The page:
Linda Funk: Hi! I am Linda Funk. I'm the Executive Director of the Soyfoods Council, and today, we're going to talk about edamame. What is edamame anyway?
It is a sweet green soybean. Nobody believes that it's really part of that soybean family but it is, and it comes in the pod or shelled. In the pod, what you do is put it in the microwave or on top of the range and steam it. Take it out, put it on the serving plate, maybe sprinkle a little salt over it, and then serve it. What people do is take it, pop it open and eat the soybeans. The pod is not edible; it's a little too fibrous.
Today, what we're going to do is talk about taking the shelled edamame and making edamame hummus. Hummus has become so popular and typically it's made out of garbanzo beans, but today, we're going to use the shelled edamame.
So all we do is take one-and-a-half cups of shelled edamame that have been cooked according to the package directions. Put them into our food processor. Then what we're going to do is quickly process them to start getting them into a smooth mixture.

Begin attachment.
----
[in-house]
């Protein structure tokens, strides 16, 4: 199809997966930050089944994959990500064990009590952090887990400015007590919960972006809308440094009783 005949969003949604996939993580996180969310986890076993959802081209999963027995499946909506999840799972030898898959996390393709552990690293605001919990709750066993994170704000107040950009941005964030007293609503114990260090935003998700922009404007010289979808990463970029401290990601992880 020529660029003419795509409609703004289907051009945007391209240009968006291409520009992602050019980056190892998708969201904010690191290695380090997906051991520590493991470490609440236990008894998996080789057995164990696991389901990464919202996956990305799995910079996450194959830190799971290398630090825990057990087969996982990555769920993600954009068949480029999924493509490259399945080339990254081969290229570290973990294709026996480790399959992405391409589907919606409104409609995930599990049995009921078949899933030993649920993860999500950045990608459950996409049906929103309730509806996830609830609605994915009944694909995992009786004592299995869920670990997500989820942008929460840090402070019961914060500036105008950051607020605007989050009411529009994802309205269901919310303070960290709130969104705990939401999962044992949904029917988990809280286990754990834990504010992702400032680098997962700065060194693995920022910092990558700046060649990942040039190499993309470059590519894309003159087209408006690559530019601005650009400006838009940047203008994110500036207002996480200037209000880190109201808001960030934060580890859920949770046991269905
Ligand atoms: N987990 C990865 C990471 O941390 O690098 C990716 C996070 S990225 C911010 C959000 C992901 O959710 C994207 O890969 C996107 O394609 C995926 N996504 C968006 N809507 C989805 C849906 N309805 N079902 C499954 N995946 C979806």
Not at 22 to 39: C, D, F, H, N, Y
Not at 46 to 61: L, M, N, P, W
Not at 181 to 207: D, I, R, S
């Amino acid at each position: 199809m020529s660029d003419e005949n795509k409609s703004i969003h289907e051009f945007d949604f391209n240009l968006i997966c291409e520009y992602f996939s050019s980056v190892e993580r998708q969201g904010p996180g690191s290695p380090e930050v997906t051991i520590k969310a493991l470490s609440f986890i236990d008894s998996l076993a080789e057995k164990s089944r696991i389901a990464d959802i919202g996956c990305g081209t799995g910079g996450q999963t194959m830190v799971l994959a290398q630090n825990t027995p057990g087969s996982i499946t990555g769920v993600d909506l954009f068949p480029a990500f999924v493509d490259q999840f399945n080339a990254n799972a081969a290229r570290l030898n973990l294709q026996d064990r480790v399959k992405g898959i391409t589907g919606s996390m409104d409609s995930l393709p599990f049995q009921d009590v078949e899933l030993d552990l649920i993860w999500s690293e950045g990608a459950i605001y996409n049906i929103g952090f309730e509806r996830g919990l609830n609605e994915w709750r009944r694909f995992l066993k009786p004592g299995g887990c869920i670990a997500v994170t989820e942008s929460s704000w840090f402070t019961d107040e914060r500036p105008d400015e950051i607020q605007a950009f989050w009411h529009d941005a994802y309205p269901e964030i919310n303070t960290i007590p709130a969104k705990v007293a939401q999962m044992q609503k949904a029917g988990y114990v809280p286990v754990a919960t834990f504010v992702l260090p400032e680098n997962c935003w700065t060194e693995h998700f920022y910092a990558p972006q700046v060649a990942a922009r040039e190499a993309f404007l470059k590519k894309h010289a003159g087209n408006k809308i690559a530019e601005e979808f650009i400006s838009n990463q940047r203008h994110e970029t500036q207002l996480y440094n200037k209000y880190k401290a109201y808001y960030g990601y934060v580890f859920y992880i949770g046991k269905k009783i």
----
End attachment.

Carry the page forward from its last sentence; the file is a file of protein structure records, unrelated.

So now we're going to start adding our flavoring ingredients. First thing is a tablespoon of soybean oil or vegetable oil. Most vegetable oil in the supermarket is really soybean oil. So one tablespoon, a half teaspoon of cumin, which adds really a nice flavoring, two cloves of garlic minced, and about a half teaspoon of salt. Let's process that.
At this point it's still a little thick. So we're going to add three tablespoons of lemon juice and three tablespoons of water.
Okay, now let's take a look at the consistency, and I think it's just about right for the hummus. So all we will do is take the processing bowl, remove it and start putting the edamame hummus into our serving dish. Then you can serve it with some vegetables really to get some more vegetables into your daily diet.
Today I have some fresh green beans, some carrots, broccoli, cauliflower and some soy crisp, and it's the savory soy crisp that you would want to serve with this edamame hummus. And that's all there is to it.
For more information, go to thesoyfoodscouncil.
com, where there's a lot more recipes, and the most up-to-date health information on soy protein.